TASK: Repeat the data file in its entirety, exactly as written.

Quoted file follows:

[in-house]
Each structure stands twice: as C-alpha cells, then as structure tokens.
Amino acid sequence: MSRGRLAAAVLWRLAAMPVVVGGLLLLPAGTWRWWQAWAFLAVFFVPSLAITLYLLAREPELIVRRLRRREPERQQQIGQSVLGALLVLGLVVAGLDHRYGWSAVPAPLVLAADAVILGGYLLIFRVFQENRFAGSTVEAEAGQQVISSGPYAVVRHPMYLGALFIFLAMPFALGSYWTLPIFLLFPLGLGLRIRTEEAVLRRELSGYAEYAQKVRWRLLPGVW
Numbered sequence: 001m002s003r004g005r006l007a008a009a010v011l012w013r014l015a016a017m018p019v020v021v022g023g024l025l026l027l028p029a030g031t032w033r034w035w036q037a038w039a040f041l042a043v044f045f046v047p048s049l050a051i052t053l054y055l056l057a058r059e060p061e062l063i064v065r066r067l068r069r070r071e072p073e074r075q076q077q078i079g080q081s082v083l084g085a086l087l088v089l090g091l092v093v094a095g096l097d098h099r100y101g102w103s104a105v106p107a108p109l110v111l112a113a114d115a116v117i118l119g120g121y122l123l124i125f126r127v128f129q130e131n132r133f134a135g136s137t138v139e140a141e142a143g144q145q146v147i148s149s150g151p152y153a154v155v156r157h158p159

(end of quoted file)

[in-house]
Each structure stands twice: as C-alpha cells, then as structure tokens.
Amino acid sequence: MSRGRLAAAVLWRLAAMPVVVGGLLLLPAGTWRWWQAWAFLAVFFVPSLAITLYLLAREPELIVRRLRRREPERQQQIGQSVLGALLVLGLVVAGLDHRYGWSAVPAPLVLAADAVILGGYLLIFRVFQENRFAGSTVEAEAGQQVISSGPYAVVRHPMYLGALFIFLAMPFALGSYWTLPIFLLFPLGLGLRIRTEEAVLRRELSGYAEYAQKVRWRLLPGVW
Numbered sequence: 001m002s003r004g005r006l007a008a009a010v011l012w013r014l015a016a017m018p019v020v021v022g023g024l025l026l027l028p029a030g031t032w033r034w035w036q037a038w039a040f041l042a043v044f045f046v047p048s049l050a051i052t053l054y055l056l057a058r059e060p061e062l063i064v065r066r067l068r069r070r071e072p073e074r075q076q077q078i079g080q081s082v083l084g085a086l087l088v089l090g091l092v093v094a095g096l097d098h099r100y101g102w103s104a105v106p107a108p109l110v111l112a113a114d115a116v117i118l119g120g121y122l123l124i125f126r127v128f129q130e131n132r133f134a135g136s137t138v139e140a141e142a143g144q145q146v147i148s149s150g151p152y153a154v155v156r157h158p159